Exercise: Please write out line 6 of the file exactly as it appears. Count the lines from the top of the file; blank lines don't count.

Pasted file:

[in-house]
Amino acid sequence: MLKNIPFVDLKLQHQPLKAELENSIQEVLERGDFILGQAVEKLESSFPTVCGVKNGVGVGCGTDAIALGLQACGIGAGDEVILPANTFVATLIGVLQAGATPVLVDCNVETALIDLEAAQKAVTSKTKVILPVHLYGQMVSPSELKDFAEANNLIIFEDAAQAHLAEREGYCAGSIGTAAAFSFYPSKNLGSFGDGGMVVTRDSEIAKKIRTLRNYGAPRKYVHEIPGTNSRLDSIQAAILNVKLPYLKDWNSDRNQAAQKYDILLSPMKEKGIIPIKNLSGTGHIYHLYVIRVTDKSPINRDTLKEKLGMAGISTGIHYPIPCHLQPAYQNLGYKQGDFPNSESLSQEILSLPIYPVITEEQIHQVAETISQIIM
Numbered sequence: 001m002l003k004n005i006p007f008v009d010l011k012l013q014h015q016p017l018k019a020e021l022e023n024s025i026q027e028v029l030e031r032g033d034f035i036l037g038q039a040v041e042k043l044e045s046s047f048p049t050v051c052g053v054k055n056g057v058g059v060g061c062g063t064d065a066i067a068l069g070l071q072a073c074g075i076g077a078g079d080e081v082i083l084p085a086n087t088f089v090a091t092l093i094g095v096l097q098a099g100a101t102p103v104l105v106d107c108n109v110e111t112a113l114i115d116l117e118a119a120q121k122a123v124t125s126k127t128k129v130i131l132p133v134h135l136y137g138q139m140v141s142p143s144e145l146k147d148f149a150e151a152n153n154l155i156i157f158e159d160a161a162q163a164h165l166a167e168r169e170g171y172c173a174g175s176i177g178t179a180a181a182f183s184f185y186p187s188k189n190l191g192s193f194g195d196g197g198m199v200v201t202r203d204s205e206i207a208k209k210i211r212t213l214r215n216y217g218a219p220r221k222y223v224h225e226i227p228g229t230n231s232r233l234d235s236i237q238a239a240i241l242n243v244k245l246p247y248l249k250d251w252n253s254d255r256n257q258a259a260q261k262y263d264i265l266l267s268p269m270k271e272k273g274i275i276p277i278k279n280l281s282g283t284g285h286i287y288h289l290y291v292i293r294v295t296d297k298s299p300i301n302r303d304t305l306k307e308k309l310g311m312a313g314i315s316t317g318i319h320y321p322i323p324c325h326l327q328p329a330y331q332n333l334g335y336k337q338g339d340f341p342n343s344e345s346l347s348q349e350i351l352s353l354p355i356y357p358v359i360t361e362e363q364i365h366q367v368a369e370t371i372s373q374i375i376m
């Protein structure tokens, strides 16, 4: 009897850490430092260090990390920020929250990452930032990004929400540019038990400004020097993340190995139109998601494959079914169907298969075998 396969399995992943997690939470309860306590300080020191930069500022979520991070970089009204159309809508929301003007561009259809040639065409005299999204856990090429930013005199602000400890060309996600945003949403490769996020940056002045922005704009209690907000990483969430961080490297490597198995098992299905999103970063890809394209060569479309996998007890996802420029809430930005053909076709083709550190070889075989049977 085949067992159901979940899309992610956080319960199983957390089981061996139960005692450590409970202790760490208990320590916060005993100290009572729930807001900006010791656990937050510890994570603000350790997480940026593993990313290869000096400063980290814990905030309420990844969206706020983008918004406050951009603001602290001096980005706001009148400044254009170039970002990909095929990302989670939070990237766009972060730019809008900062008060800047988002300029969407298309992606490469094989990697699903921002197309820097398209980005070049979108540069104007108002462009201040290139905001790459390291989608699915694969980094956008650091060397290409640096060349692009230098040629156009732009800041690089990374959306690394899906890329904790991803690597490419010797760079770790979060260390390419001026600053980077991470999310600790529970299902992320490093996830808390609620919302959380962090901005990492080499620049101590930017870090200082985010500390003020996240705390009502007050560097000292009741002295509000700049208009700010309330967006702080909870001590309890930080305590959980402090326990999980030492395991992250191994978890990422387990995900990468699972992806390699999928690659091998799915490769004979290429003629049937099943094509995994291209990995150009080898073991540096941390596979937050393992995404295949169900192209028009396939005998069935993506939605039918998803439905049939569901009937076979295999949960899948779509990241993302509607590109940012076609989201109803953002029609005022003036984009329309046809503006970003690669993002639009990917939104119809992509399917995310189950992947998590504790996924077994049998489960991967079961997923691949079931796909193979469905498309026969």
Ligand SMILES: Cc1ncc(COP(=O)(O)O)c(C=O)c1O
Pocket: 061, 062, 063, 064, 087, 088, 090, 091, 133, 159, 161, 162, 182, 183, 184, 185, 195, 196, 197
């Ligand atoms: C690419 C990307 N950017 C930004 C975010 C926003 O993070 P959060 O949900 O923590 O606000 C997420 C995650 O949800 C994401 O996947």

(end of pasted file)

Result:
Pocket: 061, 062, 063, 064, 087, 088, 090, 091, 133, 159, 161, 162, 182, 183, 184, 185, 195, 196, 197